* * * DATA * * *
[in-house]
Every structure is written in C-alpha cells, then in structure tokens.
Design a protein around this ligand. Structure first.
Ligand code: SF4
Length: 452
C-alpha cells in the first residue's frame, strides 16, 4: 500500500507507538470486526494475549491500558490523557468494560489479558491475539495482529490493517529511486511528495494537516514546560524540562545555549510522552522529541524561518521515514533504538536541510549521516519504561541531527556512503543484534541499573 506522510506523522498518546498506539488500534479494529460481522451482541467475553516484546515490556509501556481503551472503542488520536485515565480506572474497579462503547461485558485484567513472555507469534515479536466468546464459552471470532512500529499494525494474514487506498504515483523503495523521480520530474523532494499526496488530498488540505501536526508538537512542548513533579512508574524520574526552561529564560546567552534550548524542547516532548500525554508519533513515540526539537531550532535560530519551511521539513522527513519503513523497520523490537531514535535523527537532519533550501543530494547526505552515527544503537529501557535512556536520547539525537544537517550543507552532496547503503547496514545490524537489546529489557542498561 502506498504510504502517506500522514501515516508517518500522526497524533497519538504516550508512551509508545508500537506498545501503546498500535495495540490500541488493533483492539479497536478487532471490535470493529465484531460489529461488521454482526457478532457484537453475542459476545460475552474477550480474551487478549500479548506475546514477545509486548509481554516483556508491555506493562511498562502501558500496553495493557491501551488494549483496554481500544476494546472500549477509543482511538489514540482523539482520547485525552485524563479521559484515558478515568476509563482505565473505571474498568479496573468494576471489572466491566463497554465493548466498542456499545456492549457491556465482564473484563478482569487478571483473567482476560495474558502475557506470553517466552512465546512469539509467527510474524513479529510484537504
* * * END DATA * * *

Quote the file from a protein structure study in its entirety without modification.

[in-house]
Every structure is written in C-alpha cells, then in structure tokens.
Design a protein around this ligand. Structure first.
Ligand code: SF4
Length: 452
C-alpha cells in the first residue's frame, strides 16, 4: 500500500507507538470486526494475549491500558490523557468494560489479558491475539495482529490493517529511486511528495494537516514546560524540562545555549510522552522529541524561518521515514533504538536541510549521516519504561541531527556512503543484534541499573 506522510506523522498518546498506539488500534479494529460481522451482541467475553516484546515490556509501556481503551472503542488520536485515565480506572474497579462503547461485558485484567513472555507469534515479536466468546464459552471470532512500529499494525494474514487506498504515483523503495523521480520530474523532494499526496488530498488540505501536526508538537512542548513533579512508574524520574526552561529564560546567552534550548524542547516532548500525554508519533513515540526539537531550532535560530519551511521539513522527513519503513523497520523490537531514535535523527537532519533550501543530494547526505552515527544503537529501557535512556536520547539525537544537517550543507552532496547503503547496514545490524537489546529489557542498561 502506498504510504502517506500522514501515516508517518500522526497524533497519538504516550508512551509508545508500537506498545501503546498500535495495540490500541488493533483492539479497536478487532471490535470493529465484531460489529461488521454482526457478532457484537453475542459476545460475552474477550480474551487478549500479548506475546514477545509486548509481554516483556508491555506493562511498562502501558500496553495493557491501551488494549483496554481500544476494546472500549477509543482511538489514540482523539482520547485525552485524563479521559484515558478515568476509563482505565473505571474498568479496573468494576471489572466491566463497554465493548466498542456499545456492549457491556465482564473484563478482569487478571483473567482476560495474558502475557506470553517466552512465546512469539509467527510474524513479529510484537504